The 29-year-old star, who won the Eurovision Song Contest for Austria in 2014 with her anthem "Rise Like A Phoenix", has been inundated with messages of support since issuing her statement on Instagram.
The 29-year-old, an Austrian drag queen who found worldwide fame after winning the competition in 2014 with the song Rise Like a Phoenix, informed fans of her diagnosis on Instagram, stating that she had chose to go public after an ex-boyfriend threatened to do so.
Wurst wrote: "I have been HIV-positive for many years".
The singer had meant to keep her diagnosis a private matter but chose to go public after an ex-boyfriend had threatened to go public.
"I hope to give others courage and to take another step against the stigmatisation of people who, through their own behaviour or that of others, have become infected with HIV", she said. She also wanted her loved ones to avoid the unwarranted stigma of having a relative with HIV, but said they have supported her "unconditionally since day one".
The second reason is that she believed the only people to whom this situation could be relevant to were the ones that represented a possible sexual partner.More news: Kellyanne Conway's response to Comey interview contradicts Trump's talking point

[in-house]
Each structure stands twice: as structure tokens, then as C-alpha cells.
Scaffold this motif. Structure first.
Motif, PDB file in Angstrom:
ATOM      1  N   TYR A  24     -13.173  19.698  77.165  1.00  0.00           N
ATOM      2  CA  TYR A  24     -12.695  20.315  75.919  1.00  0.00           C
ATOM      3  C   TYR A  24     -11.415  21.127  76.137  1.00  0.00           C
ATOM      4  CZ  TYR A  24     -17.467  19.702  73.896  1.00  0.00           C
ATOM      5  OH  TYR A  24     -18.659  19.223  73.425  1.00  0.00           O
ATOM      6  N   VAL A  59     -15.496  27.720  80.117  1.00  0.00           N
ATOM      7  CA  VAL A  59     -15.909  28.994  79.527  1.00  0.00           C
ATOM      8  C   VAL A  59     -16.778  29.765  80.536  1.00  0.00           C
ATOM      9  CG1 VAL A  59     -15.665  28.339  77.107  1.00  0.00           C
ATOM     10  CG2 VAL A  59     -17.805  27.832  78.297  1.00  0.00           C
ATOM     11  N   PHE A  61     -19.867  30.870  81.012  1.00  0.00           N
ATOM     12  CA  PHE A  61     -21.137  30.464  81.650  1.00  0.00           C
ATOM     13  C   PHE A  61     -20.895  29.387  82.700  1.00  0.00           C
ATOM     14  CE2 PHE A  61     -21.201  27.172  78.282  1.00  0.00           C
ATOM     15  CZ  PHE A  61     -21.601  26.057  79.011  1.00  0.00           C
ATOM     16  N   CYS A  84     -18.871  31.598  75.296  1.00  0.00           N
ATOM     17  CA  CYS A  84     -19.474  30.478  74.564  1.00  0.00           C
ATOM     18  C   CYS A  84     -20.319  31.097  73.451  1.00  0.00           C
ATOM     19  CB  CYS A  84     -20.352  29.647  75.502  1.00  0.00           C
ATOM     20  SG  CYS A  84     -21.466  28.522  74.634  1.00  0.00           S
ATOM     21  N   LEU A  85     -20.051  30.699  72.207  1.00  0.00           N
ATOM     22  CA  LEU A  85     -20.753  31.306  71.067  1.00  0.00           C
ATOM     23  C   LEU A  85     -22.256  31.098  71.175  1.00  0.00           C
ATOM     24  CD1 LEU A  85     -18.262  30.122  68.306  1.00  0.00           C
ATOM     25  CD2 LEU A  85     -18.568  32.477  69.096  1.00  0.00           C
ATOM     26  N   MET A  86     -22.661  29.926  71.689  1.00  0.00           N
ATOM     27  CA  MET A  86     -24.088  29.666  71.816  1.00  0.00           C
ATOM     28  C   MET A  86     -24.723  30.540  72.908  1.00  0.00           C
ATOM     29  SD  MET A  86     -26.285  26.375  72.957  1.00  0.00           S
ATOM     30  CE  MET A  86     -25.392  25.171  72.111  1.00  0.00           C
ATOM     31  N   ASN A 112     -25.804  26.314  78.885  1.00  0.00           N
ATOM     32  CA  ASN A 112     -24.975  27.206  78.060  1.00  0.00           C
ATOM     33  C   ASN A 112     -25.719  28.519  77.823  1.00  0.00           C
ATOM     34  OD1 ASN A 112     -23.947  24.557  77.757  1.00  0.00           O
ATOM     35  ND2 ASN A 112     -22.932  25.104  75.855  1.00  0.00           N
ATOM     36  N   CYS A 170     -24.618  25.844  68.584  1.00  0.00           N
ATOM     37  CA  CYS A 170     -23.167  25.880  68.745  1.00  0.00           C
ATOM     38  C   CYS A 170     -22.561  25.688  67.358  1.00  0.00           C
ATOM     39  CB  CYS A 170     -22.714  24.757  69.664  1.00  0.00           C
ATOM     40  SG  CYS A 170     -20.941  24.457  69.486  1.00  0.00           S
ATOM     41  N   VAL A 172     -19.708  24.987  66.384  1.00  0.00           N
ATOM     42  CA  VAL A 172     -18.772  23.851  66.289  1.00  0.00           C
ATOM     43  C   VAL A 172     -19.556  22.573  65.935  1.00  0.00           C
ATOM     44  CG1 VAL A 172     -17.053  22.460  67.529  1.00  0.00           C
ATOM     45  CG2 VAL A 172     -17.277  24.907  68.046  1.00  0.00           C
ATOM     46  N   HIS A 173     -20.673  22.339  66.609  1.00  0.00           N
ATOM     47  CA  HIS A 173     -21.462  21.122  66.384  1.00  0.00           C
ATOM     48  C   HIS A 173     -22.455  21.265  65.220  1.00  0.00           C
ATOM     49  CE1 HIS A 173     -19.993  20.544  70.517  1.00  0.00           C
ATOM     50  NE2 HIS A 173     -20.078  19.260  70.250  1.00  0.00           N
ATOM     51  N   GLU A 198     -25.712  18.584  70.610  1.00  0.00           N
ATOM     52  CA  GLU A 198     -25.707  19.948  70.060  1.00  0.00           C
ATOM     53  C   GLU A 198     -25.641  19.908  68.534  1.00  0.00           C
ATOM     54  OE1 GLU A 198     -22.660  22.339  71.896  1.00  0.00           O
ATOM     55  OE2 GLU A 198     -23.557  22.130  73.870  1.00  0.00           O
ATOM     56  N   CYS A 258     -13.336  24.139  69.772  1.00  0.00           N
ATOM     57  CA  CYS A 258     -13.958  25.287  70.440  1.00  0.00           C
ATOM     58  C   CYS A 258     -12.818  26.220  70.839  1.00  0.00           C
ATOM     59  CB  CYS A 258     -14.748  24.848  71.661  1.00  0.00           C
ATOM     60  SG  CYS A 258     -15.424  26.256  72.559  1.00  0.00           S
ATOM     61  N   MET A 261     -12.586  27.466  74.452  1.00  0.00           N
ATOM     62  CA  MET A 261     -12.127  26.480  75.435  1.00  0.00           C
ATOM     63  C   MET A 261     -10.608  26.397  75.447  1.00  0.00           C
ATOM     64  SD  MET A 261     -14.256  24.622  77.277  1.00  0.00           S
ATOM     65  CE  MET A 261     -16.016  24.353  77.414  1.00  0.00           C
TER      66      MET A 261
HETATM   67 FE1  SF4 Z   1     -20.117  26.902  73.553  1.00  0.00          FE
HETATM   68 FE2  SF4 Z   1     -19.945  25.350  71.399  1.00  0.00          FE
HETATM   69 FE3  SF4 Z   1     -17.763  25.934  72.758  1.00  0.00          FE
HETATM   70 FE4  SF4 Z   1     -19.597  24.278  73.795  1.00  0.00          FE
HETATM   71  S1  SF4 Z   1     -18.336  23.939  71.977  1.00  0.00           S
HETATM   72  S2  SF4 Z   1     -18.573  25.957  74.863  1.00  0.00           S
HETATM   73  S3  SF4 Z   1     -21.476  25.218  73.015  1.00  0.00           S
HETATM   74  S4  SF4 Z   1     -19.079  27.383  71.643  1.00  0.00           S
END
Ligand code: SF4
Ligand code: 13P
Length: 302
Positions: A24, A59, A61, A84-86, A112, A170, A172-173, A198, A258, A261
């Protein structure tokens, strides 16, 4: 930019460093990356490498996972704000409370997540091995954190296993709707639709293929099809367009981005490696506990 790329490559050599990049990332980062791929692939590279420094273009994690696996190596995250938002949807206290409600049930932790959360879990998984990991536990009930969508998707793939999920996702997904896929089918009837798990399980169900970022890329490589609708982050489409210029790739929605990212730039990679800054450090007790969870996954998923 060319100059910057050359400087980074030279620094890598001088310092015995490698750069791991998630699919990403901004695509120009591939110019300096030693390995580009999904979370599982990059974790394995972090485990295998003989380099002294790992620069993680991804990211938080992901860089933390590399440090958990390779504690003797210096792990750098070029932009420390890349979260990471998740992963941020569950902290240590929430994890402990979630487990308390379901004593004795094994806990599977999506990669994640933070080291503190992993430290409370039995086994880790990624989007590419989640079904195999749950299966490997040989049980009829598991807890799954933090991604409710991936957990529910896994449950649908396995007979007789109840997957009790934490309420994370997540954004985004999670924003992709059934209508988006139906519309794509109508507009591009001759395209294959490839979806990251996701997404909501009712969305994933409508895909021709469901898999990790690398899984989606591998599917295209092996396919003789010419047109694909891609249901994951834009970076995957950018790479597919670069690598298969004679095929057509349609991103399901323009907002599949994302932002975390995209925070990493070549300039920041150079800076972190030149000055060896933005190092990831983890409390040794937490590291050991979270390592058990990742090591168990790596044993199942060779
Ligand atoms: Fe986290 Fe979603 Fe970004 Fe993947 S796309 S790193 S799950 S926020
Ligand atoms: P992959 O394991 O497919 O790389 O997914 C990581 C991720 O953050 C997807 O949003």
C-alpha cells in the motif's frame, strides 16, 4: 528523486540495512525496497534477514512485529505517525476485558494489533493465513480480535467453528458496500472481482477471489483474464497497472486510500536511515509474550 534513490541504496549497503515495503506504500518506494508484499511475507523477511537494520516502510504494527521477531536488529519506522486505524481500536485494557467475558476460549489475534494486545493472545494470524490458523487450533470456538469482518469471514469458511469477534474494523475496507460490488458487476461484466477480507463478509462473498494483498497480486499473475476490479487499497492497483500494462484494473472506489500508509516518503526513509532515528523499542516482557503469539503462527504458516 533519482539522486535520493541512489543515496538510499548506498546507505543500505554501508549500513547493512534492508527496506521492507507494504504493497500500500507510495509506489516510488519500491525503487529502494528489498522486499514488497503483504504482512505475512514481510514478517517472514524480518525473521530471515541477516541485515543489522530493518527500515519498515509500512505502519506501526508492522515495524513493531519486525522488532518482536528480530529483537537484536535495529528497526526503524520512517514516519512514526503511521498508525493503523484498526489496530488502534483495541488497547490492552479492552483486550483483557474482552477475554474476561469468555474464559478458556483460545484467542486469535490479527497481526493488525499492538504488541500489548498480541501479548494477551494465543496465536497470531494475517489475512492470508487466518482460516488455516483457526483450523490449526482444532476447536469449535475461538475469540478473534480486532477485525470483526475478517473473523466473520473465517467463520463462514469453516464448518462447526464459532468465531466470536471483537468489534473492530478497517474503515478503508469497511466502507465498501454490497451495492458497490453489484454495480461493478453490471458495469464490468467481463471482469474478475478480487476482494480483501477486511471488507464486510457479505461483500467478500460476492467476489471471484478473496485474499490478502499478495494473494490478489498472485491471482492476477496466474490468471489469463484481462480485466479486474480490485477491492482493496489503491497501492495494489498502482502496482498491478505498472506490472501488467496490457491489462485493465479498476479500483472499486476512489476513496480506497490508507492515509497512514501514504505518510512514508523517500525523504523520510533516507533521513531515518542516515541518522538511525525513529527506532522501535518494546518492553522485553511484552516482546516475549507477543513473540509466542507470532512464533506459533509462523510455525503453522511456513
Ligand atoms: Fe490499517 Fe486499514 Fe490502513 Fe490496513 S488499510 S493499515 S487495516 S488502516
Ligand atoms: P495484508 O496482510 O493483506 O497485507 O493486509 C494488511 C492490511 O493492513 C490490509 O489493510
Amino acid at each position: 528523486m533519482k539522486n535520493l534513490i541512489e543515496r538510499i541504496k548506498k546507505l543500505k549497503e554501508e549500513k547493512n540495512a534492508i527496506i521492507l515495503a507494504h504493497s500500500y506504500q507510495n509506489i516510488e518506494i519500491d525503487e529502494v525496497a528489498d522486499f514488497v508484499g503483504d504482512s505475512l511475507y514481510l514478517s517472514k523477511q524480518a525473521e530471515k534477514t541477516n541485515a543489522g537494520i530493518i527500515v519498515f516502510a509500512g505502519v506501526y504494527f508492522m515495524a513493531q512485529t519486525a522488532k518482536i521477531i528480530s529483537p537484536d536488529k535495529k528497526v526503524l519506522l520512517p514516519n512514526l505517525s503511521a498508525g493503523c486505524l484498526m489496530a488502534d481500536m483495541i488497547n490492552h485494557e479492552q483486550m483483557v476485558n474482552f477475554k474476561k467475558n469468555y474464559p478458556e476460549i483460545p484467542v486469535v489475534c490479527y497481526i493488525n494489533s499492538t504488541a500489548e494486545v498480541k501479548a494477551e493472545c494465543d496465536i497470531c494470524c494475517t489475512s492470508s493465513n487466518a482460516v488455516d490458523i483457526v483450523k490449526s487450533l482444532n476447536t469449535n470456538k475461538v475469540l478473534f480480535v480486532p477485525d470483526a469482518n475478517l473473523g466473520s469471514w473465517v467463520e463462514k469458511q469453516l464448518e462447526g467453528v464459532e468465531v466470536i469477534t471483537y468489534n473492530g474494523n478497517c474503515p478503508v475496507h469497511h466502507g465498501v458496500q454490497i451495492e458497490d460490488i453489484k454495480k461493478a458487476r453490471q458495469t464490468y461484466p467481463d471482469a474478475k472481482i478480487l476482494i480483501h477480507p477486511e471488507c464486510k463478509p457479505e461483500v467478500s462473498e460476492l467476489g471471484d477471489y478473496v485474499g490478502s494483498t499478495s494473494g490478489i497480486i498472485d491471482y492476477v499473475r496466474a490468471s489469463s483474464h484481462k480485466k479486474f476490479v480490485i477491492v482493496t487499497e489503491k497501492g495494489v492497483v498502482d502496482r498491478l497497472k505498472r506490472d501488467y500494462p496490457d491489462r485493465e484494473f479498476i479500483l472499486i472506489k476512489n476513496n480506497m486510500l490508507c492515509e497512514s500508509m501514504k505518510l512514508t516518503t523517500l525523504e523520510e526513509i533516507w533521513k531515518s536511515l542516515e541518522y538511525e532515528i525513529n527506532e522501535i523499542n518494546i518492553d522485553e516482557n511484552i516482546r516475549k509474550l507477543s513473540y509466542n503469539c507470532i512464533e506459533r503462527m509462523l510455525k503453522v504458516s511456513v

"Coming out is better than being outed by someone else". To my fans: the information about my HIV-status may be new to you - [but nothing about me has changed]! I'm well and I'm stronger, more motivated and liberated than ever.
Ultimately, Conchita wrote that she made a decision to open up about having HIV publicly before she was outed to retain ownership of her own narrative, but also to break down the stigma surrounding HIV.
"I have been HIV-positive for many years", the 29-year-old pop singer, whose real name is Tom Neuwirth, told her almost 300,000 followers, adding that she had been forced into revealing her status by a former partner. "Thank you for your support!"
"Threatening to reveal someone's HIV status, under any circumstances, is entirely wrong". And we know this isn't something which only happens to those in the public eye.
Conchita explained that since she first found out about her disease many years ago, she has been in medical treatment without interruption, considering she does not want to be able to pass on the virus. According to AVERT, having an undetectable viral load means a person living with HIV has such little quantities of the virus in their blood that it can not be detected using a standard blood test.